Cloud Computing Gets Clearer for CIOs

Plex Systems opted to deliver ERP software for manufacturers exclusively through the Software as a Service (SaaS) model in 2001. The company was simply looking for the best means to support the continually changing needs in the customers' businesses.

The traditional approach of sending out periodic releases had failed. With SaaS companies can add features constantly and the customers can implement them when they choose. They are always on the latest version of the software and don't need to worry about costly and disruptive upgrades.

The following is some typical concerns the market had about relying on the Internet for mission critical systems:

  • Is my data just "out there" on the Internet? What about security?
  • I pay monthly fees, but I don't "own" anything.
  • What if the Internet goes down? Will our manufacturing processes grind to a halt?

Some manufacturers, considering questions like these early in the last decade, chose to stay with traditional, on-premise applications. These companies knew they had to hire or retain an IT staff to maintain the software, and install an adequate IT infrastructure to run the system. They still upgrade and maintain hardware, perform and test backups, apply patches and test new versions of the software. Despite these burdens, the manufacturers figure that at least they have kept the data in-house and safely away from prying eyes.

Greater Awareness Today
Cloud computing and SaaS are much more widely understood today. It's proven that business data is actually more likely to be compromised by internal staff than by a third party. Disgruntled employees are more prone to disseminate product information, customer lists and pricing without authorization than is a Cloud computing provider. Also, most mid-sized businesses typically don't invest in the physical and electronic controls that a Cloud provider must.

Mature Delivery Model
Today's data centers have stringent access controls, multiple uninterruptible power supply (UPS) units, sophisticated computer room air conditioners (CRACs) and backup generators. Staff are trained to avoid malware and vigilant to uncover any attempts at social engineering. Industry standards such as SAS 70 and SSAE16 help ensure that data is more secure than on a company's internal network. Most providers employ N+1 redundancy -- components (N) have at least one independent backup component (+1).

This protocol provides a form of resilience that ensures system availability in the event of component failure.

Providers of mission-critical applications like ERP will stream data to a "hot" backup site hundreds of miles away. In the event the primary data center was to be damaged in a natural disaster such as a hurricane or terrorism, the provider should be able to restore data access within two hours. The metrics for this are called RPO and RTO or recovery point objective and recovery time objective respectively. The service level agreements (SLAs) from providers will outline their commitments for uptime and disaster recovery.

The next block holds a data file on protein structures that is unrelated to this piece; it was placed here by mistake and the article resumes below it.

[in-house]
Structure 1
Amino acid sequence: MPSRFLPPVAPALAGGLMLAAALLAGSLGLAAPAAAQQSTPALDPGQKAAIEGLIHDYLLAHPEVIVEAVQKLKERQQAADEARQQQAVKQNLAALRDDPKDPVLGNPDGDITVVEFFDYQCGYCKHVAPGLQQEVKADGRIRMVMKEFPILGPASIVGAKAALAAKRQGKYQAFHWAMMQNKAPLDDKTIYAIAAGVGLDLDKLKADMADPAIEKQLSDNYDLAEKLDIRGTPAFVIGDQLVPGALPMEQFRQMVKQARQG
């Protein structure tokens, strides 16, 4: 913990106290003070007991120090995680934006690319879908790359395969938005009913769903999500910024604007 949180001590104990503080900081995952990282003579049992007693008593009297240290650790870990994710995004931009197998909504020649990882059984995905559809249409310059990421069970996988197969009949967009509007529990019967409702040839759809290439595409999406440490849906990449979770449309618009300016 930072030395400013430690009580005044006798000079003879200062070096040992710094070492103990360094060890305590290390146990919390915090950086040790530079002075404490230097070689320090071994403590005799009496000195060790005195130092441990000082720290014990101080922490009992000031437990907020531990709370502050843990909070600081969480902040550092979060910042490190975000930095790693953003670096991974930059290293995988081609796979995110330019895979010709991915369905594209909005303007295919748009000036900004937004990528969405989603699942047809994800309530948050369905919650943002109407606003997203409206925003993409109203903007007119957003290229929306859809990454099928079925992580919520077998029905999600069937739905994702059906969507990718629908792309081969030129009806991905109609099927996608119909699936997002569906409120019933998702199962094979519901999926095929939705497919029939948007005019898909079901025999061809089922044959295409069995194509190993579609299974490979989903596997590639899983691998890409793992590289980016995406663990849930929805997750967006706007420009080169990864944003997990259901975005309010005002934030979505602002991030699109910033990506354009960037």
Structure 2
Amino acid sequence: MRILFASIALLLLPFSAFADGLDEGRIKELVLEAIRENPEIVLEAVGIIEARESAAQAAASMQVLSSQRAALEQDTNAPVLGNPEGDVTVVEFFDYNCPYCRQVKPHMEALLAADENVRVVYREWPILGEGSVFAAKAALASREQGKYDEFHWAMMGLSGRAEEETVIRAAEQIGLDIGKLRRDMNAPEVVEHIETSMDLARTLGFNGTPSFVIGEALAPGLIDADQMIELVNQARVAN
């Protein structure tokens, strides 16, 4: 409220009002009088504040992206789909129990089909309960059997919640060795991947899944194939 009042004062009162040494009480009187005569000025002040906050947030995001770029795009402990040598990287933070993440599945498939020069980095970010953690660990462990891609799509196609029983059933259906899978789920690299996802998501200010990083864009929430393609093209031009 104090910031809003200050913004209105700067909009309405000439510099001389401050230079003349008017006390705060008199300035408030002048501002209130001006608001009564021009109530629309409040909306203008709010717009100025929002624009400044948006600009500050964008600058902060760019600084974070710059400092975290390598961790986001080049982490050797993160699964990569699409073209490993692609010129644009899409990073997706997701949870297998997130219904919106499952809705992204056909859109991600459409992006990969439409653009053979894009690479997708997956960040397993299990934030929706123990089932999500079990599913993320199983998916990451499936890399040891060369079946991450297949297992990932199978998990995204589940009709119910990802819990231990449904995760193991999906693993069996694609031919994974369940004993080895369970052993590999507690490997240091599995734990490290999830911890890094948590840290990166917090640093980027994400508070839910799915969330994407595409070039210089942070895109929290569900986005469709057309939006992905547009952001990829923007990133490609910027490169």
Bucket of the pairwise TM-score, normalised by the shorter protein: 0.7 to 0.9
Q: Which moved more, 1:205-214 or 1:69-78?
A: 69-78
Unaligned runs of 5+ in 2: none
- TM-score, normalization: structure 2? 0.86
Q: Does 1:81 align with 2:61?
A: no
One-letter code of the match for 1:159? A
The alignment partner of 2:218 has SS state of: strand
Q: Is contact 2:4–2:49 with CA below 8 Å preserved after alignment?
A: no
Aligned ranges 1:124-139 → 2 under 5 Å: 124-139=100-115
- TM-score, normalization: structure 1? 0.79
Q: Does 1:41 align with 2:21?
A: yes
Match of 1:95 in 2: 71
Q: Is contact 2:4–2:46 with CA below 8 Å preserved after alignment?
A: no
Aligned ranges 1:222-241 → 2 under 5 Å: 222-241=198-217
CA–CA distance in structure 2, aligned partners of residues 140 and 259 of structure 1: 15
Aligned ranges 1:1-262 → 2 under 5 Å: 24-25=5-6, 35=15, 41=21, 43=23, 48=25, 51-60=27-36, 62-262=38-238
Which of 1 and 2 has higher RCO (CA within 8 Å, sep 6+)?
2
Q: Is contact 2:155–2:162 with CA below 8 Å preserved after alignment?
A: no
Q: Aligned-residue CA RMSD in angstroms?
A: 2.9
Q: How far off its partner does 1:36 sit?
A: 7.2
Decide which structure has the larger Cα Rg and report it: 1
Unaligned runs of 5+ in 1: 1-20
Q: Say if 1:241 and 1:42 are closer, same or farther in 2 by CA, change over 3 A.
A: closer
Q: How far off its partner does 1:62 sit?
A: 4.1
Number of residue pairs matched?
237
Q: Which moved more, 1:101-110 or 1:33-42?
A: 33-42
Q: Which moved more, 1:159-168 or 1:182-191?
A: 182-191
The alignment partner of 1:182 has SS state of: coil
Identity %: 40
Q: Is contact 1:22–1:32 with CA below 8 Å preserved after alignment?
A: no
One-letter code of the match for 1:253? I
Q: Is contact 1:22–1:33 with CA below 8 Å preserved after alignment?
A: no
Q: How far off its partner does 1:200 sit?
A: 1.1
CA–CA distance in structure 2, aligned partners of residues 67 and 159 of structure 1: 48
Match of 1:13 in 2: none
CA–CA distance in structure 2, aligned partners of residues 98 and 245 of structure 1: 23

Cost Reduction is a Driver
Most CIO's are tasked with "doing more with less." In prior decades, companies needed large IT staffs to create and maintain custom software to run their business. Nowadays, there are purpose-built, comprehensive vertical solutions for many industries. It has become nearly impossible for a manufacturer to be competitive if they have to support, operate and maintain either custom-written or heavily modified package solutions.

The concerns regarding costs, security and maintaining business continuity aren't unique to the private sector either. As the Obama administration's first chief information officer, Vivek Kundra, wrote in a recent New York Times editorial titled, Tight Budget? Look to the 'Cloud', many of the traditional software firms and private consultants "encourage(s) reliance on inefficient software and hardware that is expensive to acquire and to maintain." Kundra ends his thoughtful piece by noting that those who embrace the cloud will "be rewarded with substantial savings and 21st-century jobs."

Cloud Adoption Increasing Rapidly
Gartner Group estimates that worldwide end-to-end Cloud Computing Services Model revenue will reach almost $149 billion by 2015. Gartner notes in the three years since it started measuring the Cloud Computing Services Model, the delivery model has moved from #14 to #1 on the Gartner's list of CIO (Chief Information Officer) priorities.

Our vision for the future of enterprise computing has been validated by the trend of more and more companies -- and governments -- embracing the Cloud for application delivery. The reasons for adopting the Cloud are varied but undeniable. Whether it's freeing IT staff to devote itself to higher value activities, reducing dependence on expensive consultants, minimizing the investment in IT infrastructure, faster deployment or more flexible functionality, the benefits combine to make choosing SaaS/Cloud as the obvious and safe choice for manufacturers.

Many industry pundits have forecast that the manufacturing sector would be the last to embrace the cloud for core business functions. On the contrary, I have found manufacturers to be pragmatic and analytical, not emotional or influenced by the latest trends. When they learn about Cloud computing, they ask "why would I do it any other way"?